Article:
Latest breaking news: "Volvo Trucks workers in Virginia renew strike after defeating second UAW sellout deal." Volvo workers can contact the Volvo Workers Rank-and-File Committee by email at email@example.com or by text at (540) 307-0509.
Volvo Truck workers at the New River Valley plant in Dublin, Virginia on Sunday decisively defeated a six-year labor agreement proposed by the United Auto Workers. The result was overwhelming, with 90 percent of hourly workers and 91 percent of salaried workers rejecting the pro-company deal.
Workers reported that the turnout among the nearly 3,000 workers at the plant was even larger than the first vote on May 16, when 91 percent of hourly workers and 83 percent of salaried workers voted “no.” In the days leading up to Sunday’s vote, the statement by the Volvo Workers Rank-and-File Committee calling for a “no” vote was widely circulated throughout the factory.
After being forced to accept deep concessions over the last three UAW contracts, workers are determined to overturn the multi-tier wage and benefit system, win substantial pay improvements, and oppose attempts to impose higher healthcare costs, a 10-hour workday and reductions in retiree benefits.
Top UAW national and regional officials who were invited by Volvo management to campaign for the contract inside the factory on Friday were met with anger and derision by workers when they claimed there was no money to improve the deal.
While demanding further givebacks from workers, Volvo Truck’s parent company, Swedish-based Volvo Group, is planning to hand out roughly $2.3 billion to shareholders, the proceeds from the sale of its Japan-based subsidiary UD Trucks. This comes on top of the company’s largest dividend payment in its history earlier this year of approximately $3.68 billion.
Volvo workers told the World Socialist Web Site that there was an overwhelming sentiment for a struggle. “People are too mad, too eager, and they want this to be taken care of now,” said one worker. “The union bigwigs went into the plant to talk and change everyone’s minds, but it backfired. [Local 2069 President] Matt Blondino said he was sorry they couldn’t get a better contract, but we had to pay more for health insurance because the pay scale was going up.”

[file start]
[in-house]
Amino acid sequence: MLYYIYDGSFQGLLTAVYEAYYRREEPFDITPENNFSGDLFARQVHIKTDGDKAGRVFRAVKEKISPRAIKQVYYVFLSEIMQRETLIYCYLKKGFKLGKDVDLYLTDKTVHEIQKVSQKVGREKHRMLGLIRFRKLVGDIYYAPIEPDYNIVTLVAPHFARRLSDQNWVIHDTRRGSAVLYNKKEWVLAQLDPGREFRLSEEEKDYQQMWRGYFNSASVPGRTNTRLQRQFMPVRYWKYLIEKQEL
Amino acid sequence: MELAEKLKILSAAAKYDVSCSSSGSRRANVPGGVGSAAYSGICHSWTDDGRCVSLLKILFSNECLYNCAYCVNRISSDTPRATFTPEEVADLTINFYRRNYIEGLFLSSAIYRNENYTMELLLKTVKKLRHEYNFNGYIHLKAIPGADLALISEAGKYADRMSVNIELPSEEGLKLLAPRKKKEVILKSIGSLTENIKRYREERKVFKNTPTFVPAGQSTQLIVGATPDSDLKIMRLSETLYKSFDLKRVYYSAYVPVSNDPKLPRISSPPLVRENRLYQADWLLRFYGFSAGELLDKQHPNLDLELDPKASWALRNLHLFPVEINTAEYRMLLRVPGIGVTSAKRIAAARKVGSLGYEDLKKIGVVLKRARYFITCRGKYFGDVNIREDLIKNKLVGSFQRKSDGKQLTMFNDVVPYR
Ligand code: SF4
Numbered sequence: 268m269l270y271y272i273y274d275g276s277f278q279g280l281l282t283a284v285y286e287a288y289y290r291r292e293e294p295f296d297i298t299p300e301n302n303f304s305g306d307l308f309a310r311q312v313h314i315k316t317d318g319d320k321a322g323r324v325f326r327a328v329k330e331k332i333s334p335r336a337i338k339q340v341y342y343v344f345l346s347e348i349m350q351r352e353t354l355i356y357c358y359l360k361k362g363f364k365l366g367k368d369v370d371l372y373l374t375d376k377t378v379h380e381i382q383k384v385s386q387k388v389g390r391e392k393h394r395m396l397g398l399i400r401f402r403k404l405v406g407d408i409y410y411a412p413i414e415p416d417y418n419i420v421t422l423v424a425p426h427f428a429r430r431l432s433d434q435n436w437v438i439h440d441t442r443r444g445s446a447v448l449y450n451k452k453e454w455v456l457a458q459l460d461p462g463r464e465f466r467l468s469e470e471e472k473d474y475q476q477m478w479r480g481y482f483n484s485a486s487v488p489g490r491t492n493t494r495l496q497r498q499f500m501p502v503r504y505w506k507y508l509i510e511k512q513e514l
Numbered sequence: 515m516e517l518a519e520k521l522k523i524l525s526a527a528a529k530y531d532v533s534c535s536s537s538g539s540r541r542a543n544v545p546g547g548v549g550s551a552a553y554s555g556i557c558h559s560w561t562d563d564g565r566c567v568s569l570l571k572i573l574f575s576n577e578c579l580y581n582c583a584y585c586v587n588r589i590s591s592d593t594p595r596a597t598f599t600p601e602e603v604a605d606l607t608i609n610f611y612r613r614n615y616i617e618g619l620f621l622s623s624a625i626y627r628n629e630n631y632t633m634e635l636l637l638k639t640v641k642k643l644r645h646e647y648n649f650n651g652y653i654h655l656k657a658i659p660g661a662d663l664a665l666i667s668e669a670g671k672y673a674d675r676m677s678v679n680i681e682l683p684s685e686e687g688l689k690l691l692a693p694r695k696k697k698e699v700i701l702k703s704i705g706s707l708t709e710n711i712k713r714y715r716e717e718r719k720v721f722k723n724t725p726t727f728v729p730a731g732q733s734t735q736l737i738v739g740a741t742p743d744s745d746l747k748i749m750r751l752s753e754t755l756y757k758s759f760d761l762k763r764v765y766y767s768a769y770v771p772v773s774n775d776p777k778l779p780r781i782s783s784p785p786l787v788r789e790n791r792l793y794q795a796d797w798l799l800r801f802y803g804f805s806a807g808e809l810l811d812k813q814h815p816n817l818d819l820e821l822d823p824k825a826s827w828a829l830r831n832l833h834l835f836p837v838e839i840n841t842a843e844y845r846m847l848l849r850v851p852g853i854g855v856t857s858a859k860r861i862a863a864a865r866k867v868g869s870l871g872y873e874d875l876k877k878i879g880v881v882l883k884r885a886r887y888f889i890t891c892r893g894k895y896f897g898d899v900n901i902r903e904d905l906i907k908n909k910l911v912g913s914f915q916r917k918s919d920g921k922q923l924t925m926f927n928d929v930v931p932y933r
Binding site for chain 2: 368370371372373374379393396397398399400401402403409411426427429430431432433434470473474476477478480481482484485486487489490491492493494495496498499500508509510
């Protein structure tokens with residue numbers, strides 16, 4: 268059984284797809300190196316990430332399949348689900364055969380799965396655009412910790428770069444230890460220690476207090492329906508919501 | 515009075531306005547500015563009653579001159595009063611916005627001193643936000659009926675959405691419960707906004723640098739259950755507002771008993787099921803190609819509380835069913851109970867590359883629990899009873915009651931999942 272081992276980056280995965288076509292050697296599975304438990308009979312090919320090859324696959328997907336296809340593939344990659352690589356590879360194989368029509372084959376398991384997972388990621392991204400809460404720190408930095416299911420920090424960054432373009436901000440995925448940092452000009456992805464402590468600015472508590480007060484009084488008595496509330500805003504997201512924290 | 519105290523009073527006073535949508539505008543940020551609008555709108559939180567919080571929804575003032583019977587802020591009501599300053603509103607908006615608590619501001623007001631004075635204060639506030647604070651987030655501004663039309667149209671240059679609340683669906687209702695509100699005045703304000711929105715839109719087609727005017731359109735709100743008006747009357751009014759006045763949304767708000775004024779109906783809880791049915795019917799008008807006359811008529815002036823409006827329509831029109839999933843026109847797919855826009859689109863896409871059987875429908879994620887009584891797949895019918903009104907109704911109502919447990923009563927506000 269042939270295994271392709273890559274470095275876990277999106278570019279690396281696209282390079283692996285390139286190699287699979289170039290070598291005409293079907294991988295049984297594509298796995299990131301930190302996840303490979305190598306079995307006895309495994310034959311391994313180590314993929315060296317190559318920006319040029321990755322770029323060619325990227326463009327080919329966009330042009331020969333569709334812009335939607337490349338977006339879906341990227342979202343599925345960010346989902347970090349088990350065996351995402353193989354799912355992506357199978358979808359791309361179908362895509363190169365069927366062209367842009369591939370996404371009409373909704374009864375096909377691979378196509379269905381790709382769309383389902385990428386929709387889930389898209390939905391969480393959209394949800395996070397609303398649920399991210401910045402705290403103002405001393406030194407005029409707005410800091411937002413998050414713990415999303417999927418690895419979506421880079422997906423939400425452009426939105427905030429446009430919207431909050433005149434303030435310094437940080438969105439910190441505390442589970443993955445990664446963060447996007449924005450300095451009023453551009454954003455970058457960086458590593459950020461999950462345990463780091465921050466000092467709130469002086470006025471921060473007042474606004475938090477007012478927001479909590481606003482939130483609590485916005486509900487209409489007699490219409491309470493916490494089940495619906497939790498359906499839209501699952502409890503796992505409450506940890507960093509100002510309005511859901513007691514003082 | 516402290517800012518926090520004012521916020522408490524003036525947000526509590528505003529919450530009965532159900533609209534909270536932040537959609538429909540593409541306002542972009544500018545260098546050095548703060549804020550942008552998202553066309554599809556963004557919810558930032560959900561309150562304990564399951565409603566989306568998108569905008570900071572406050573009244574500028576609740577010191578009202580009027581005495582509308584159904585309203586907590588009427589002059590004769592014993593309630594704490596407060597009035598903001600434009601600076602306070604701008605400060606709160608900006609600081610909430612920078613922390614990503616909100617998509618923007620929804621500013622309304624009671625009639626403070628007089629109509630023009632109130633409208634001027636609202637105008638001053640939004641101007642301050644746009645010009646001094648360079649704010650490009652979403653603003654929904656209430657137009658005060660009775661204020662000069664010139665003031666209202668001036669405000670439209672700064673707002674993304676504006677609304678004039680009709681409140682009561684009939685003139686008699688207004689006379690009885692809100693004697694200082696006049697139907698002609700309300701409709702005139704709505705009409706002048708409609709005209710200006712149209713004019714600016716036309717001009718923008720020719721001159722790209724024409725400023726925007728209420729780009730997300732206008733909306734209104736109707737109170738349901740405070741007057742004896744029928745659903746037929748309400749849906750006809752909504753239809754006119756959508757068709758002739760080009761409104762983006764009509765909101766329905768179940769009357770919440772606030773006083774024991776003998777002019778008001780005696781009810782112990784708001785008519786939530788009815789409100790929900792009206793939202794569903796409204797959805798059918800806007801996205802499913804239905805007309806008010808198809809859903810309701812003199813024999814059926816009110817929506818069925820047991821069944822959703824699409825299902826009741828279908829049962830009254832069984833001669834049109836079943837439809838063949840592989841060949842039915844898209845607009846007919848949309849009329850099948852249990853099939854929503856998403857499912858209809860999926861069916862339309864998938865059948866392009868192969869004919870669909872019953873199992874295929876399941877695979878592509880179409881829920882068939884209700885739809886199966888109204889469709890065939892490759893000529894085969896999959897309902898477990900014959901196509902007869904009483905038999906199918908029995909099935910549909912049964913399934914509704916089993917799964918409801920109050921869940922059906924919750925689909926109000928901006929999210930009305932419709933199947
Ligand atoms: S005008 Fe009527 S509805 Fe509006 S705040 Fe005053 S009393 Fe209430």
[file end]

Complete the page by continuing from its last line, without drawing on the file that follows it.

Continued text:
The worker added: “One worker who lost $7 an hour in 2008 told Blondino, ‘You shoved these givebacks down our throats and told us times were lean and we had to help. You’re still screwing us when the company is making billions.’ Right now, the union is not held in high regard. People are annoyed with them making excuses for the company and want to get them out of there. This company is paying out billions in dividends to its investors, and they have to share the wealth with the people who are making them the money.”
Speaking about the role of the Volvo Workers Rank-and-File Committee, the worker said, “The committee played a big part in this. If it wasn’t for the statements, it wouldn’t have kept everyone going. Every day, workers were going to your website [the WSWS]. Staying informed and having a committee was a big deal. Our statements kept everyone informed and engaged.”
Now workers need a strategy to take the fight forward, he said, warning that the UAW was going to keep coming back with rotten contracts. “I don’t know what crap they’re going to bring back. Some of the old heads say it’ll take 2-3 more rejections before they bring back anything better. This should have been taken care of years ago. I don’t think the UAW wants us to strike. We technically could be on strike right now. There will probably be some notice posted on the local’s Facebook page by tomorrow afternoon.